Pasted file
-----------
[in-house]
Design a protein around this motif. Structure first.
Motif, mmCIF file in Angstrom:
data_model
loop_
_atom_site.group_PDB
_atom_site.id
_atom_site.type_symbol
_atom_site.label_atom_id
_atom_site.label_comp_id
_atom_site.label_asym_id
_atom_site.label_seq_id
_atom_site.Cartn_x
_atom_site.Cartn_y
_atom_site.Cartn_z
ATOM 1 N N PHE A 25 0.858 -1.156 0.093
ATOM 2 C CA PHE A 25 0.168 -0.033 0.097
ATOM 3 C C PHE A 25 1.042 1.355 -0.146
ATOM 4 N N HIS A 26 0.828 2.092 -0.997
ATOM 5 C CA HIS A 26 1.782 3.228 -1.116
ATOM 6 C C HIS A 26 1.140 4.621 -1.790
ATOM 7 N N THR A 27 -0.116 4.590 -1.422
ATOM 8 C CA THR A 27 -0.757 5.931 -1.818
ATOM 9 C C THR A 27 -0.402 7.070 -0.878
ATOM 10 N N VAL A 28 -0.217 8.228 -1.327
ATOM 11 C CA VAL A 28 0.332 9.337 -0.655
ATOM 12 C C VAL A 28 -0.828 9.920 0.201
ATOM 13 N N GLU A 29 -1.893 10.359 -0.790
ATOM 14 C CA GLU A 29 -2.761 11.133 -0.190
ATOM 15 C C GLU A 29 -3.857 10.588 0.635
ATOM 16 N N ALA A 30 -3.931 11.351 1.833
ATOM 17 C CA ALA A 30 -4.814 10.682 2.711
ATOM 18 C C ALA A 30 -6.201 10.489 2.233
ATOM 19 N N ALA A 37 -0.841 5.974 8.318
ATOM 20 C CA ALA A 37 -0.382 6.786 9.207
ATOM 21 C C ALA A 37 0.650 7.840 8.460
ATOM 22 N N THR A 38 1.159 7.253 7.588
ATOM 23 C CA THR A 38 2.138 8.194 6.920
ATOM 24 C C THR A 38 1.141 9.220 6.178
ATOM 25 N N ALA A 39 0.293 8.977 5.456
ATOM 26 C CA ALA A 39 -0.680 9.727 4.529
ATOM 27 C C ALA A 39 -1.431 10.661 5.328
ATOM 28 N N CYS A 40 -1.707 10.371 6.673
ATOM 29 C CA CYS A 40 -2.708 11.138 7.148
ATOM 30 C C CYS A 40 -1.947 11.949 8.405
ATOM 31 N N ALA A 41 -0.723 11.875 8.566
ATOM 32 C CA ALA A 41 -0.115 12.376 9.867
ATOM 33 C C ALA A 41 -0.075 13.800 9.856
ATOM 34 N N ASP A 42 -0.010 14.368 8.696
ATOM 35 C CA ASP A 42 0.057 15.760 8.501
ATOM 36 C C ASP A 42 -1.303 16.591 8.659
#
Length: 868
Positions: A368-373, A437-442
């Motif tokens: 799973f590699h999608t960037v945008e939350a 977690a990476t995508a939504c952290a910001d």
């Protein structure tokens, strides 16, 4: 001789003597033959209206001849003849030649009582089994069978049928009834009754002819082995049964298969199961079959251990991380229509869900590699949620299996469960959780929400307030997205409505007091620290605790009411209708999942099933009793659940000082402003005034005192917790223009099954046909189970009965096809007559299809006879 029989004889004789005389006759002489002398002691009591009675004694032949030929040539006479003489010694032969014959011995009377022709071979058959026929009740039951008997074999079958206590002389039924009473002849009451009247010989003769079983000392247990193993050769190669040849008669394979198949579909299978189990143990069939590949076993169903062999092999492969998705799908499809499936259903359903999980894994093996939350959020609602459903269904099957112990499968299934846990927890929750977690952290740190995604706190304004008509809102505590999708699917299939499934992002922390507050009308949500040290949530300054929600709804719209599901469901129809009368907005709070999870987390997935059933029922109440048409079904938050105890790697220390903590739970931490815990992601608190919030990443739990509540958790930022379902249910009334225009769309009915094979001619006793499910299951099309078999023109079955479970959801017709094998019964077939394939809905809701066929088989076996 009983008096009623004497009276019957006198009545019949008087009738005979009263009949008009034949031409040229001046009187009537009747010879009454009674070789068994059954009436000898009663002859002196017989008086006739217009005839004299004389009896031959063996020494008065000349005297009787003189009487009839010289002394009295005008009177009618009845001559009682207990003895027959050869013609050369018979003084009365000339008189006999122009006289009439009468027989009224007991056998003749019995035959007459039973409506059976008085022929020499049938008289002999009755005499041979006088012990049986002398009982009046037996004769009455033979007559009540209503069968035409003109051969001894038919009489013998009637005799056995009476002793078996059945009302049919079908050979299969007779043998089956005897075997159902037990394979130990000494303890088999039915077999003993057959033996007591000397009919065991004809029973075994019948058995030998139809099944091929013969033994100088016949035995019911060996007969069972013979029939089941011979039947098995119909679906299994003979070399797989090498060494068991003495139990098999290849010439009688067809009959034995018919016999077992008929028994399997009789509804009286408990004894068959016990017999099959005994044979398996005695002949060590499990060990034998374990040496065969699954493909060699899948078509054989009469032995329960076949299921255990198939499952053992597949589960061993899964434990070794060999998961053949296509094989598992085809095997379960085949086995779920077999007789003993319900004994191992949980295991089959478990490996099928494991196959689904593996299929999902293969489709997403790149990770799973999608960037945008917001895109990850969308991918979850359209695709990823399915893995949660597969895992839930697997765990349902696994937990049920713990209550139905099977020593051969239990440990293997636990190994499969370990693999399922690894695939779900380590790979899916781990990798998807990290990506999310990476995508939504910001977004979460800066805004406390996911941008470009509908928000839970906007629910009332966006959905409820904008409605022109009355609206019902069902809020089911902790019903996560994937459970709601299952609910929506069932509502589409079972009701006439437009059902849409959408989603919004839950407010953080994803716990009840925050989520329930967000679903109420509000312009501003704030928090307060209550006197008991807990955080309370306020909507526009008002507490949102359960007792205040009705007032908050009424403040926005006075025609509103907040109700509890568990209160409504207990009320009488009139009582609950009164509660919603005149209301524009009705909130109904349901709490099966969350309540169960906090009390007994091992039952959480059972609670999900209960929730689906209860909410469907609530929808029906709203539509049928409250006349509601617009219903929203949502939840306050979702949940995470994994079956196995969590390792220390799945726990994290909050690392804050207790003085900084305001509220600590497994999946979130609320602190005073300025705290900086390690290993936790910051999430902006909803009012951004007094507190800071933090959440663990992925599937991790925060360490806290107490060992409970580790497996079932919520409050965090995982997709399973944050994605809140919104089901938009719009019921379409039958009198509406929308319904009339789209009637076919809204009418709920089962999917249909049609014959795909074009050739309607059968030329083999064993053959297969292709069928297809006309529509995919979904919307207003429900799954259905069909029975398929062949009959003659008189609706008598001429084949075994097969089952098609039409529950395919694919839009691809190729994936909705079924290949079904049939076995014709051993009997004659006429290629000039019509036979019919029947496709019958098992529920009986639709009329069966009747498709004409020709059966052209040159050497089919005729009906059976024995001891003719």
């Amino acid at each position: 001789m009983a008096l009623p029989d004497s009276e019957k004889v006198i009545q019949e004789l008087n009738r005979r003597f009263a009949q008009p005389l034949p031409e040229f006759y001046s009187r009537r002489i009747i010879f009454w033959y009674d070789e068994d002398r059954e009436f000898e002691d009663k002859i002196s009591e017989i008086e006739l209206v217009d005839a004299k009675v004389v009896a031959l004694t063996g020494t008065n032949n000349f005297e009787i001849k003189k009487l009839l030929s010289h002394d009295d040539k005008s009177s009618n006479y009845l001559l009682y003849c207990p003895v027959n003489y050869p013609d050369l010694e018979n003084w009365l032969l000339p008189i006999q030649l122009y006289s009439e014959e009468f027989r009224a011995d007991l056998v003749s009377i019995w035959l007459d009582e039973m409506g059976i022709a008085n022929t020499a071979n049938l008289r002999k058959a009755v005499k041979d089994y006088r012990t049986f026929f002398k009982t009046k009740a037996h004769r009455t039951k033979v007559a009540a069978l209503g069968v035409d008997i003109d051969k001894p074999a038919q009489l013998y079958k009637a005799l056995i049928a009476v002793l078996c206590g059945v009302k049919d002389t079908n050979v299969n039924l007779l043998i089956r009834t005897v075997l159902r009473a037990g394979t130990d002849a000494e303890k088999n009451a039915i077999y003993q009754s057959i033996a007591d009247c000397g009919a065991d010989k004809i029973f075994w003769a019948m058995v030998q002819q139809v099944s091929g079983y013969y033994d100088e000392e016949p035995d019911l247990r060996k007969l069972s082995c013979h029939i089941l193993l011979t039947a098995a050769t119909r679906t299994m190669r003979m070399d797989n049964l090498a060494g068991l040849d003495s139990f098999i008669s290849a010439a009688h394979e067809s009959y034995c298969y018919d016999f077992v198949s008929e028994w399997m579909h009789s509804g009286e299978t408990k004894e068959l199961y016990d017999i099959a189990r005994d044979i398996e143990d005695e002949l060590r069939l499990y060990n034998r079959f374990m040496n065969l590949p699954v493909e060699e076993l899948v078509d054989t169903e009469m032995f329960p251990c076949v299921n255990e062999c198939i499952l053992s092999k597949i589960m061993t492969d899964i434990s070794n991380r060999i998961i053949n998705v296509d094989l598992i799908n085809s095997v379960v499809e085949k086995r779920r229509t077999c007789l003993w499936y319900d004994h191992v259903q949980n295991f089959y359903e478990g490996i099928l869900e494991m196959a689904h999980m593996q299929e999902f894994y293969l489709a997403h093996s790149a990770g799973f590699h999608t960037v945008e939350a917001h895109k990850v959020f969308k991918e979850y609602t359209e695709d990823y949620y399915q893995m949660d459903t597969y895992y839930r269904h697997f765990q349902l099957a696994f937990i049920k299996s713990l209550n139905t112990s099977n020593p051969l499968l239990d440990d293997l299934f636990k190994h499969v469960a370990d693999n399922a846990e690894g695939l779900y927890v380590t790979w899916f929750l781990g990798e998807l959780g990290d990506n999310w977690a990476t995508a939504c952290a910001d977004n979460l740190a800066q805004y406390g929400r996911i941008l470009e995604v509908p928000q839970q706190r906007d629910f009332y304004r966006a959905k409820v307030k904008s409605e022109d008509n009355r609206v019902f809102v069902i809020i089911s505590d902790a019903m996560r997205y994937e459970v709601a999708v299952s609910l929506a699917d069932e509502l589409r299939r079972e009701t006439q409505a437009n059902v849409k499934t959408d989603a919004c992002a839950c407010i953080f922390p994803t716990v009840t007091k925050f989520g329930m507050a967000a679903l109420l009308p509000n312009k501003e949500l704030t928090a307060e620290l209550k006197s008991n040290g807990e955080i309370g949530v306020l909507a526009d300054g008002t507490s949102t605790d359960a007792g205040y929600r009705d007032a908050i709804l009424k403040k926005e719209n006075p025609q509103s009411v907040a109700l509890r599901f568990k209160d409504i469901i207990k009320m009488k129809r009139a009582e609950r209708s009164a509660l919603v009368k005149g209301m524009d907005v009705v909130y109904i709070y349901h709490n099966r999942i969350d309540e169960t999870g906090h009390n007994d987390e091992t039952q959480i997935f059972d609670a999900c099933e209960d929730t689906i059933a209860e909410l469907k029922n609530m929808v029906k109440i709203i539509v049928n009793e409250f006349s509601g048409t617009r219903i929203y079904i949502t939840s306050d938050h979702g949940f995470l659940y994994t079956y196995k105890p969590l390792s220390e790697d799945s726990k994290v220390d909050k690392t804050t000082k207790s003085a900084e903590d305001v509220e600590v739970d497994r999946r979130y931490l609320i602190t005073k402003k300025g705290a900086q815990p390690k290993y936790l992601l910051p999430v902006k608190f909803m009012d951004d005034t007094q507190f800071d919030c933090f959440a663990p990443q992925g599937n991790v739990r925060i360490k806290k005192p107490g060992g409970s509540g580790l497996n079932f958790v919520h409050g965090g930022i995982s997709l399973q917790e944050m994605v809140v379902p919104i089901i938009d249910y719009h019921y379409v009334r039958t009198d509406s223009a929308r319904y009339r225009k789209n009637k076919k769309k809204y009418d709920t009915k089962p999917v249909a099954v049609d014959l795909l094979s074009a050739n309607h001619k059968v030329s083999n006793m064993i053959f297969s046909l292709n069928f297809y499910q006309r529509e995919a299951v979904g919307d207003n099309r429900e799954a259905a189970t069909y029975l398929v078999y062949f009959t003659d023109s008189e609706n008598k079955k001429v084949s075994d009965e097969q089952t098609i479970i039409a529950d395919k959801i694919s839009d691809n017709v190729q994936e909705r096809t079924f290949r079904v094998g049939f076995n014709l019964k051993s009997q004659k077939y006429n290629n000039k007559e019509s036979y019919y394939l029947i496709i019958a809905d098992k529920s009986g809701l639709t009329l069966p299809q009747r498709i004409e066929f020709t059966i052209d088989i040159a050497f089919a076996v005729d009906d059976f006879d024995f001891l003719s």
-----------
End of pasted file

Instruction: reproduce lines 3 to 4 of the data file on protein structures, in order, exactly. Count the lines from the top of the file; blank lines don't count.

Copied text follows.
Motif, mmCIF file in Angstrom:
data_model